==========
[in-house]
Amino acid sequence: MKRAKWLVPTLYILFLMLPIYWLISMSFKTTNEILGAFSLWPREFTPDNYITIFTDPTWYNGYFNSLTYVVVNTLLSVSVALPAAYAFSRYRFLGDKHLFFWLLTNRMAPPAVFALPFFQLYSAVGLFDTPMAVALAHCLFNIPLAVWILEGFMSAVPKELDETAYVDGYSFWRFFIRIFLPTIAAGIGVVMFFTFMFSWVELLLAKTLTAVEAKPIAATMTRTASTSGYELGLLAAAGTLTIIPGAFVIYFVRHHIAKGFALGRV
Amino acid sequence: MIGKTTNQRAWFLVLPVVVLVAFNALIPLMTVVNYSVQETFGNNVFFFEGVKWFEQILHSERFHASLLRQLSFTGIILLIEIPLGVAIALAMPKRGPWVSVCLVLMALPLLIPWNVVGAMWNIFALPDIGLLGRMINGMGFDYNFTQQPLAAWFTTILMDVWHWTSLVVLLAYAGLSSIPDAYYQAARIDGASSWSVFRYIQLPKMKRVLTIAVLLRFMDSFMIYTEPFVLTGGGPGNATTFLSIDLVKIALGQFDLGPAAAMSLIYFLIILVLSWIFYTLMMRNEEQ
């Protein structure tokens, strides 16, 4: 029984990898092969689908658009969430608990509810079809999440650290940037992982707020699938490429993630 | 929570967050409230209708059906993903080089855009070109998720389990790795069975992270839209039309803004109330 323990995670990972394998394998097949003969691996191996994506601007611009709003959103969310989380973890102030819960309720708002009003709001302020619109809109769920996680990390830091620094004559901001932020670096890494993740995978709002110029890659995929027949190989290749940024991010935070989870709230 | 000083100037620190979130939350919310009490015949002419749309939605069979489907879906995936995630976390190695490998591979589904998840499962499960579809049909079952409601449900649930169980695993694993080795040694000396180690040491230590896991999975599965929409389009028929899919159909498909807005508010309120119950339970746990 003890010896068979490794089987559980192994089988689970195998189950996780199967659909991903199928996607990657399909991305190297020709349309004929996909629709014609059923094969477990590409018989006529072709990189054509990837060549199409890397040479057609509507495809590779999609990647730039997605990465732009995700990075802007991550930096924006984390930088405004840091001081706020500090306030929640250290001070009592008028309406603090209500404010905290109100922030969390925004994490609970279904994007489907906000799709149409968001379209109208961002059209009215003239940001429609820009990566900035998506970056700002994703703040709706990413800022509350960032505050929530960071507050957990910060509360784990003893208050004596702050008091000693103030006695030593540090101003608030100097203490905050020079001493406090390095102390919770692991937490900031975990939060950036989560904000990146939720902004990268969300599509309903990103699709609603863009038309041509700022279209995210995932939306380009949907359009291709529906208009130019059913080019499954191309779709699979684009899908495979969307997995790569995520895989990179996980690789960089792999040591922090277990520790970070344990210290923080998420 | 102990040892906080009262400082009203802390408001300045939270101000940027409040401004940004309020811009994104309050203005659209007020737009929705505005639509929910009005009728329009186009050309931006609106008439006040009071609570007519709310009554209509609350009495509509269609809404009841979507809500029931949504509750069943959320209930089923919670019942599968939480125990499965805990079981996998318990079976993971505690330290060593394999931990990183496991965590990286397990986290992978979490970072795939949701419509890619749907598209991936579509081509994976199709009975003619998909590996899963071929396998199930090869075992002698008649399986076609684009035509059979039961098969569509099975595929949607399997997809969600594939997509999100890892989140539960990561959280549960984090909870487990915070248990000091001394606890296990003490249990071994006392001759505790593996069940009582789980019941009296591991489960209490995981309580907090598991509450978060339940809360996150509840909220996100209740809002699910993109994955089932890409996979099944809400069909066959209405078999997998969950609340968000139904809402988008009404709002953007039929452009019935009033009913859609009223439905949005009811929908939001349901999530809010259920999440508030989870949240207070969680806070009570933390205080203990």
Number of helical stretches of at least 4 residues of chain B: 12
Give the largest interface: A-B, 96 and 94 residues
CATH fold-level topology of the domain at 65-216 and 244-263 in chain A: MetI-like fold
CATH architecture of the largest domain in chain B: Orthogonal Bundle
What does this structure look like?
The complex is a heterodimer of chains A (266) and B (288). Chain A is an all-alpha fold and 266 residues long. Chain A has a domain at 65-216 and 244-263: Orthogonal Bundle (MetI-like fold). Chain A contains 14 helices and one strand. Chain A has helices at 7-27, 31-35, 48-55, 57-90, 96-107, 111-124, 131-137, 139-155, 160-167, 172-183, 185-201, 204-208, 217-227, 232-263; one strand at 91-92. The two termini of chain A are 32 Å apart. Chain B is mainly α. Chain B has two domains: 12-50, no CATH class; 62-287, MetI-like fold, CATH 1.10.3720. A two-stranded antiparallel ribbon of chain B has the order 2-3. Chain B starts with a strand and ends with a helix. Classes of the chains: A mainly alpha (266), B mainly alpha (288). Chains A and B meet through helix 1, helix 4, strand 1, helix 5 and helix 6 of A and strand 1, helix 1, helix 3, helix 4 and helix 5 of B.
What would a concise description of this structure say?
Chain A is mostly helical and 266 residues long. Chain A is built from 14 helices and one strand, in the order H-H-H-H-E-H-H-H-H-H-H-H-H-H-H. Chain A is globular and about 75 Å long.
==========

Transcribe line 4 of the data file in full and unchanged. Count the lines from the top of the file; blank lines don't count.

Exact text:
């Protein structure tokens, strides 16, 4: 029984990898092969689908658009969430608990509810079809999440650290940037992982707020699938490429993630 | 929570967050409230209708059906993903080089855009070109998720389990790795069975992270839209039309803004109330 323990995670990972394998394998097949003969691996191996994506601007611009709003959103969310989380973890102030819960309720708002009003709001302020619109809109769920996680990390830091620094004559901001932020670096890494993740995978709002110029890659995929027949190989290749940024991010935070989870709230 | 000083100037620190979130939350919310009490015949002419749309939605069979489907879906995936995630976390190695490998591979589904998840499962499960579809049909079952409601449900649930169980695993694993080795040694000396180690040491230590896991999975599965929409389009028929899919159909498909807005508010309120119950339970746990 003890010896068979490794089987559980192994089988689970195998189950996780199967659909991903199928996607990657399909991305190297020709349309004929996909629709014609059923094969477990590409018989006529072709990189054509990837060549199409890397040479057609509507495809590779999609990647730039997605990465732009995700990075802007991550930096924006984390930088405004840091001081706020500090306030929640250290001070009592008028309406603090209500404010905290109100922030969390925004994490609970279904994007489907906000799709149409968001379209109208961002059209009215003239940001429609820009990566900035998506970056700002994703703040709706990413800022509350960032505050929530960071507050957990910060509360784990003893208050004596702050008091000693103030006695030593540090101003608030100097203490905050020079001493406090390095102390919770692991937490900031975990939060950036989560904000990146939720902004990268969300599509309903990103699709609603863009038309041509700022279209995210995932939306380009949907359009291709529906208009130019059913080019499954191309779709699979684009899908495979969307997995790569995520895989990179996980690789960089792999040591922090277990520790970070344990210290923080998420 | 102990040892906080009262400082009203802390408001300045939270101000940027409040401004940004309020811009994104309050203005659209007020737009929705505005639509929910009005009728329009186009050309931006609106008439006040009071609570007519709310009554209509609350009495509509269609809404009841979507809500029931949504509750069943959320209930089923919670019942599968939480125990499965805990079981996998318990079976993971505690330290060593394999931990990183496991965590990286397990986290992978979490970072795939949701419509890619749907598209991936579509081509994976199709009975003619998909590996899963071929396998199930090869075992002698008649399986076609684009035509059979039961098969569509099975595929949607399997997809969600594939997509999100890892989140539960990561959280549960984090909870487990915070248990000091001394606890296990003490249990071994006392001759505790593996069940009582789980019941009296591991489960209490995981309580907090598991509450978060339940809360996150509840909220996100209740809002699910993109994955089932890409996979099944809400069909066959209405078999997998969950609340968000139904809402988008009404709002953007039929452009019935009033009913859609009223439905949005009811929908939001349901999530809010259920999440508030989870949240207070969680806070009570933390205080203990």